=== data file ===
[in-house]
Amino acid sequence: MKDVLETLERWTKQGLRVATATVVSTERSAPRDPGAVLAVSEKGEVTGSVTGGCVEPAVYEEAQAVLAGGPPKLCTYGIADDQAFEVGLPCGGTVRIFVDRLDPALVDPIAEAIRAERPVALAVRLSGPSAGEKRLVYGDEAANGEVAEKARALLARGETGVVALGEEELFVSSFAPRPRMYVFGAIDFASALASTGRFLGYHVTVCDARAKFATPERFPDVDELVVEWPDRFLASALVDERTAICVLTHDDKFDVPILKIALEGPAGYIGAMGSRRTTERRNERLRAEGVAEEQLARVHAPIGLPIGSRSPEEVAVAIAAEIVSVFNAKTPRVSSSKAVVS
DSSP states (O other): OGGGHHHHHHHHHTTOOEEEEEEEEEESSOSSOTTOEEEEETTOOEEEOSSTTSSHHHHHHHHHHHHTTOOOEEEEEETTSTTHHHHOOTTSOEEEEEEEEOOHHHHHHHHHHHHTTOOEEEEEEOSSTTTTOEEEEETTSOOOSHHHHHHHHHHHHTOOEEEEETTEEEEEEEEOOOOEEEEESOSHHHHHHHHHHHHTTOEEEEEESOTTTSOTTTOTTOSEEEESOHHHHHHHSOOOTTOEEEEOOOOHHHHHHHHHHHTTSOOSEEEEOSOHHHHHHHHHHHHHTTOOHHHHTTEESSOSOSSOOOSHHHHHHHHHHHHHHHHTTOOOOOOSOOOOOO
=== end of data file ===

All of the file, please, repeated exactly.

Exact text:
[in-house]
Amino acid sequence: MKDVLETLERWTKQGLRVATATVVSTERSAPRDPGAVLAVSEKGEVTGSVTGGCVEPAVYEEAQAVLAGGPPKLCTYGIADDQAFEVGLPCGGTVRIFVDRLDPALVDPIAEAIRAERPVALAVRLSGPSAGEKRLVYGDEAANGEVAEKARALLARGETGVVALGEEELFVSSFAPRPRMYVFGAIDFASALASTGRFLGYHVTVCDARAKFATPERFPDVDELVVEWPDRFLASALVDERTAICVLTHDDKFDVPILKIALEGPAGYIGAMGSRRTTERRNERLRAEGVAEEQLARVHAPIGLPIGSRSPEEVAVAIAAEIVSVFNAKTPRVSSSKAVVS
DSSP states (O other): OGGGHHHHHHHHHTTOOEEEEEEEEEESSOSSOTTOEEEEETTOOEEEOSSTTSSHHHHHHHHHHHHTTOOOEEEEEETTSTTHHHHOOTTSOEEEEEEEEOOHHHHHHHHHHHHTTOOEEEEEEOSSTTTTOEEEEETTSOOOSHHHHHHHHHHHHTOOEEEEETTEEEEEEEEOOOOEEEEESOSHHHHHHHHHHHHTTOEEEEEESOTTTSOTTTOTTOSEEEESOHHHHHHHSOOOTTOEEEEOOOOHHHHHHHHHHHTTSOOSEEEEOSOHHHHHHHHHHHHHTTOOHHHHTTEESSOSOSSOOOSHHHHHHHHHHHHHHHHTTOOOOOOSOOOOOO